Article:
Letha Rodman Melchior – Handbook For Mortals (Siltbreeze)

There is a thematic dreaminess to Letha Rodman Melchior’s debut album that comes across immediately with titles like “Lake of Dreams” and “Sea of Tranquility”. Rather than a cliché ambience Melchior fills her musical dreamscapes with a wildly divergent sense of dynamics utilizing guitar, clarinet, piano, field recordings, electronics and who knows what else. The resulting album is a fascinating hodge-podge of uniquely constructed experimental pieces. Struggling with a difficult bout of cancer, Melchior constructed this album in her more lucid moments between treatments and surgeries. The album resonates with a quiet desperation and tenderness without ever pandering or wallowing. Instead there is a melodic minimalism in her guitar playing, almost like Loren Conners in its shimmery haze.  Melchior’s experimentalism is inclusive and listenable, like the sounds of a radio fading in and out gently in the distance. These hospital dreams of faded fluorescent lights make for a calm yet fascinating look into the wordless expression of a woman dealing with her own mortality through sound. Not all quiet sounds are easy listening.

by STEVE LOWENTHAL on 11/14/2013 in Reviews | Tags: ,

Dan Melchior interview

illustration by Chris O’Neal

Dan Melchior is an anomaly in the modern music world, even for the underground. As one of the world’s last truly great songwriters, Melchior’s voice grows stronger than ever over a string of recent releases by his “band” Das Menace. His music can’t be neatly partitioned into a narrow genre although one can detect elements of blues, vintage R&B, British psych pop and more recently even brazen experimentalism. His latest solo album, The Backward Path is a journey into the depths of existential dread, mortality and humanity as the record documents aspects of his wife Letha’s ongoing battle with cancer and their lives in the struggle. As their bills pile to the ceiling, unable to work, they have had to rely on the music community for help. As an artist that truly speaks about the world around him in the most honest of ways, The Backward Path is an experience that no other record this year can offer. The best albums are not an escape but a confrontation.

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by STEVE LOWENTHAL on 10/23/2012 in Features, Interviews | Tags: , , , , , , , , , , , , , , , , ,

Mount Carmel interview

Mount CarmelThe dudes who make up Columbus, Ohios’ Mount Carmel are fellas of few words; or at least that’s what I can gather from this scantily worded e-mail message I got back after requesting an interview. I stare and stare at it wondering what the fuck I’m gonna make out of these five hundred or so words they gave back as a response. I check some notes I took drunkenly one night while listening to their debut LP on the Siltbreeze label and it’s just incoherent drivel. I’m really at a loss here. I guess it’s up to me – the writer –to actually do my job and buck up to convey this bands’ power and let their greatness be known to you, the lowly reader. The things I do for little to no money….really…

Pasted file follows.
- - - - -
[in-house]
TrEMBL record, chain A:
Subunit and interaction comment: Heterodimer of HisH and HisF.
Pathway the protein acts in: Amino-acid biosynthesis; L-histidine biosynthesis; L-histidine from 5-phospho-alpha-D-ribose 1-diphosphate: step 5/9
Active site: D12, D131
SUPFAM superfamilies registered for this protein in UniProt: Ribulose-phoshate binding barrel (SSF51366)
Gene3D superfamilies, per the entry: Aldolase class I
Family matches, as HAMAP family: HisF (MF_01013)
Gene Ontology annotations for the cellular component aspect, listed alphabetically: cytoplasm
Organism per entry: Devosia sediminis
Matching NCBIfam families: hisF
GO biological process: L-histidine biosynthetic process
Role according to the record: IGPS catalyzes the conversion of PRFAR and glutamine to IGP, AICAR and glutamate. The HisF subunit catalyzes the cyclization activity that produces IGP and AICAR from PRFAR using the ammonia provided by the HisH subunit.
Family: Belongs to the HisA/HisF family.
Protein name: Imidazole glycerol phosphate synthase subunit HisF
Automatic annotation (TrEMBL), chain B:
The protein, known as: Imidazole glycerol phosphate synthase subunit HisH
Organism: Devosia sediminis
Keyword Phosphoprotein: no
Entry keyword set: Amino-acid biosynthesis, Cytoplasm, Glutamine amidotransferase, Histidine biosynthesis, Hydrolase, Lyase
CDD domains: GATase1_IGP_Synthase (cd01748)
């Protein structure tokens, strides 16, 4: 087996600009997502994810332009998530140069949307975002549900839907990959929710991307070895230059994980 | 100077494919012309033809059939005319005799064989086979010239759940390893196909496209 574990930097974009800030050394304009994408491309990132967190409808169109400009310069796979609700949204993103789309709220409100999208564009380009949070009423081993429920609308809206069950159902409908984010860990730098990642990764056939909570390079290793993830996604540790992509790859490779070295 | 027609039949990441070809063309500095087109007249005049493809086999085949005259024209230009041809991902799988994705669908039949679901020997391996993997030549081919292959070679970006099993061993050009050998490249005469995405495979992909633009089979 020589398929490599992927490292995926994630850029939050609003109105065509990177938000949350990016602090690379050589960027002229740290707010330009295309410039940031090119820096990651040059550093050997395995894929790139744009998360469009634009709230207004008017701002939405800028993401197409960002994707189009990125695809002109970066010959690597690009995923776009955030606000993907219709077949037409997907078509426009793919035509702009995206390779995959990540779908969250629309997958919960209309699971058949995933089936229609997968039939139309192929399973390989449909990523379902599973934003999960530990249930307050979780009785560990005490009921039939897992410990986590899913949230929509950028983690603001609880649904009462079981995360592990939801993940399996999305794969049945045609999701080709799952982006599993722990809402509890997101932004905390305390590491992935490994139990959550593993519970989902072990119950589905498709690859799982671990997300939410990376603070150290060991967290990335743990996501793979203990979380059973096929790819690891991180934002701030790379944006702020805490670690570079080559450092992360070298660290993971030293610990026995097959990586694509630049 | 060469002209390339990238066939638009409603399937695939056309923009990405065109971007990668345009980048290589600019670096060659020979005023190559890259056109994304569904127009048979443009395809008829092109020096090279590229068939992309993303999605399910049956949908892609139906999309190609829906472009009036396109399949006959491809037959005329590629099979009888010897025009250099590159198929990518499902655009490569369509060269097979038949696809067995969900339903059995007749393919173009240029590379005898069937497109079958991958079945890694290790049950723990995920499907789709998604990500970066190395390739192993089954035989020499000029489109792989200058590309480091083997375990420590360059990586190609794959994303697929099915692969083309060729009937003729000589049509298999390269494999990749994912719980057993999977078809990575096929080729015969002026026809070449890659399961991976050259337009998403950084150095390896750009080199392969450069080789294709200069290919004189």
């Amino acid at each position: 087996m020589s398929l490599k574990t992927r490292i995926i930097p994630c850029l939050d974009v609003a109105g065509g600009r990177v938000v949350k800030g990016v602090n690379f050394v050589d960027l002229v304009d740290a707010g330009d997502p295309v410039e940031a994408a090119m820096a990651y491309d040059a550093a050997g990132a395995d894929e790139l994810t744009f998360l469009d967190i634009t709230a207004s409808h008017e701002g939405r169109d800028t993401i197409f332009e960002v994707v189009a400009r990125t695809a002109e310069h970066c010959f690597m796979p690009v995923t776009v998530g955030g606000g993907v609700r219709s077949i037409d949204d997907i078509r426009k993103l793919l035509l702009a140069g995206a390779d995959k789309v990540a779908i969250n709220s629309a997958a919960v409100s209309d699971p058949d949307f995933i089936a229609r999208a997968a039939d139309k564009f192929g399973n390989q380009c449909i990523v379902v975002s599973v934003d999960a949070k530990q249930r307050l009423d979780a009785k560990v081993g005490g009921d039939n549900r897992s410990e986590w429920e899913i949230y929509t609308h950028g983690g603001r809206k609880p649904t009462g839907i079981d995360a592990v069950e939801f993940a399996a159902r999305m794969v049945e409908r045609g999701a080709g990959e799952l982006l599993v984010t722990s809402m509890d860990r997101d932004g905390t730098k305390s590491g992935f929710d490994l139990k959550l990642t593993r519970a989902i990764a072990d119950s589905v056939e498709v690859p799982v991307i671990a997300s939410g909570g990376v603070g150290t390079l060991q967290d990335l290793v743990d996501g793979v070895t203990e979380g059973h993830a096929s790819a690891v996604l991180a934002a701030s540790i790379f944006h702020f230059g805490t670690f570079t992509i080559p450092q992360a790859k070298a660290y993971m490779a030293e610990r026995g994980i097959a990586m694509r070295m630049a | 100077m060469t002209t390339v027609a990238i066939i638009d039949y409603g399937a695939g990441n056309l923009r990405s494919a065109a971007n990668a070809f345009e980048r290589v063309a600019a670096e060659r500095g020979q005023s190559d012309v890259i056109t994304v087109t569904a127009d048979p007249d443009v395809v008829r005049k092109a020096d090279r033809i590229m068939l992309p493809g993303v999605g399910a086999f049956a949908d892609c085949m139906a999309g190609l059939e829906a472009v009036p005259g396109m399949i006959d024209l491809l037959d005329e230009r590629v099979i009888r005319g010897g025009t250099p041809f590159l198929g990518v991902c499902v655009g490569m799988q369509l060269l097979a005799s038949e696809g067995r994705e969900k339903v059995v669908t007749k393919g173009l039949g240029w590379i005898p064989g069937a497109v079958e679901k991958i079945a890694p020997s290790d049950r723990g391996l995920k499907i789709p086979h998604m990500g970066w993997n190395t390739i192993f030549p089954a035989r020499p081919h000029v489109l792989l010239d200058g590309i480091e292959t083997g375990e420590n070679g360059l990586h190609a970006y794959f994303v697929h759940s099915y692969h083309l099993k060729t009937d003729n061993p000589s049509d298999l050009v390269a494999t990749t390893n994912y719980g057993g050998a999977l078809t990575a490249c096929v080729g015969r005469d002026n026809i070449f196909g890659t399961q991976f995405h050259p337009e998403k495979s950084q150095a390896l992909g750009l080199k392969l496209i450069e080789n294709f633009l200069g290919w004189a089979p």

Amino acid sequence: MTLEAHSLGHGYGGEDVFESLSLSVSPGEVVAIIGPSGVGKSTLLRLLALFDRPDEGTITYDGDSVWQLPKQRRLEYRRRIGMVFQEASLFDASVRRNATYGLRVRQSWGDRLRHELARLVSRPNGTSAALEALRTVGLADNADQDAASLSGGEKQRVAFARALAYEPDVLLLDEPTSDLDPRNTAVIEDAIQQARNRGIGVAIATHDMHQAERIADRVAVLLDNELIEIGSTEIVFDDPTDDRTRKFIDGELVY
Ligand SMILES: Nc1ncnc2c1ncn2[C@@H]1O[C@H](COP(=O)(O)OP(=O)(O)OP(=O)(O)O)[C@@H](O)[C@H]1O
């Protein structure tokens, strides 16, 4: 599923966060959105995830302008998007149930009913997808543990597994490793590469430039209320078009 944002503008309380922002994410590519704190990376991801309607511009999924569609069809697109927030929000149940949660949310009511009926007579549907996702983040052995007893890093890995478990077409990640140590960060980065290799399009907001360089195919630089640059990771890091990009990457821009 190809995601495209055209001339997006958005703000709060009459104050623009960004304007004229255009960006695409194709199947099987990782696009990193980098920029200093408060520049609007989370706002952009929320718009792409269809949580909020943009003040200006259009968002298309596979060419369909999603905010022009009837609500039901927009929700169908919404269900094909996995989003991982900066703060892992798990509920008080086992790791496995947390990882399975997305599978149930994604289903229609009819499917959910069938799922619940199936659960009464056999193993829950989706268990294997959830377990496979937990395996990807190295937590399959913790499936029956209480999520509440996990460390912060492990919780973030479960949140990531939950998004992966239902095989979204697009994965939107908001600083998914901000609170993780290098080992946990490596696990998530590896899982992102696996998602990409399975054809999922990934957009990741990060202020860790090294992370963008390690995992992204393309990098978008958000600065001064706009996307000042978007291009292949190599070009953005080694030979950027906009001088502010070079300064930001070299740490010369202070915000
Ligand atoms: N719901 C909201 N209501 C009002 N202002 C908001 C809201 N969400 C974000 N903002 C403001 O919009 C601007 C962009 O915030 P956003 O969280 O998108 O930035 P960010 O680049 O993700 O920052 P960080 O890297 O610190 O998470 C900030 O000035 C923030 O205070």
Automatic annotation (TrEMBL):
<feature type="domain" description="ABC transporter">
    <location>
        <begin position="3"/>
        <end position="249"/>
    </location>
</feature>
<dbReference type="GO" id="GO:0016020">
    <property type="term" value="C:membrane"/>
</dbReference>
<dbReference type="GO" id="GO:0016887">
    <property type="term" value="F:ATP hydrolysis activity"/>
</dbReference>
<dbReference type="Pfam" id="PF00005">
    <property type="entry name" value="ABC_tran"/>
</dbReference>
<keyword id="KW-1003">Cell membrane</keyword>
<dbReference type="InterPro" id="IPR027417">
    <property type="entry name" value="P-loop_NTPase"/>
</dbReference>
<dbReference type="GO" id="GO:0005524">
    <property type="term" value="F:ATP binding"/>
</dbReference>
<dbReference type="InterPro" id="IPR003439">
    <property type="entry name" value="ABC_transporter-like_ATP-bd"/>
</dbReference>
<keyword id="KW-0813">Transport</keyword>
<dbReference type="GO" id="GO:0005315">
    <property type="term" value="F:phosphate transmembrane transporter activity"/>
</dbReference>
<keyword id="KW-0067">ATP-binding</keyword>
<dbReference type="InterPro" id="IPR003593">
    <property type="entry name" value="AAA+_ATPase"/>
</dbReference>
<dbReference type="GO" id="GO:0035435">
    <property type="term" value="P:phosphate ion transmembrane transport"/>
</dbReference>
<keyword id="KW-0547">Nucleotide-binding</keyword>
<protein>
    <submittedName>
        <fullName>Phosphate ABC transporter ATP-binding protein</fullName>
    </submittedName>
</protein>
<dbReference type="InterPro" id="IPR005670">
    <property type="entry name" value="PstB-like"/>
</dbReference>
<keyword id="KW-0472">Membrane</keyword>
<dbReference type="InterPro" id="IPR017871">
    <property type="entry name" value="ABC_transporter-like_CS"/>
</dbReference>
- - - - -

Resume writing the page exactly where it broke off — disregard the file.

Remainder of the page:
The real difficulty here is that I have nothing to say. And there really isn’t much to say in all honesty. Well, I guess I can say that when I laid the Mount Carmel album on the table a few weeks ago and let ‘er rip, I just stood there staring at the disc in disbelief while it span around and around in wonderful monotony. It wasn’t until the fifth or sixth spin that I actually gave a shit who these guys were and how the hell they made this record. Prior to that, I was too wrapped in just enjoying it to even care.

Mount Carmel is comprised of brothers Pat and Matt Reed on bass and guitar with seventeen year old drummer Kevin Skubak and they’ve been playing for about a year. The record they just dropped is nothing short of a gemstone for a simple reason; it’s real and honest with no intentions to join any clubs. Sonically it’s awesome because it sounds like Terry Reid fronting a band on Holyground (That ones for all you collector types who need that sorta validation) It’s a testament to the notion of a sound that will be timeless as long as the people behind it fucking believe in it. And yeah…I think that’s about it.

On with the interview…

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by TONY RETTMAN on 6/21/2010 in Interviews | Tags: ,

Teenage Panzerkorps – Games for Slaves (Siltbreeze)

These Teenage Panzerkorps have intrigued me for awhile now. Are they really German? Are they really dudes from that god awful Jeweled Antler collective? Are they really cold? Or is it just an incredible assimilation? I guess all these inane questions (used as personal distractions only, of course) really don’t equal out to shit when I consider how many newly released records sit dusty and untouched around this place while their jams get played once, twice…sometimes even three times in a week!

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by TONY RETTMAN on 2/10/2009 in Reviews | Tags: , ,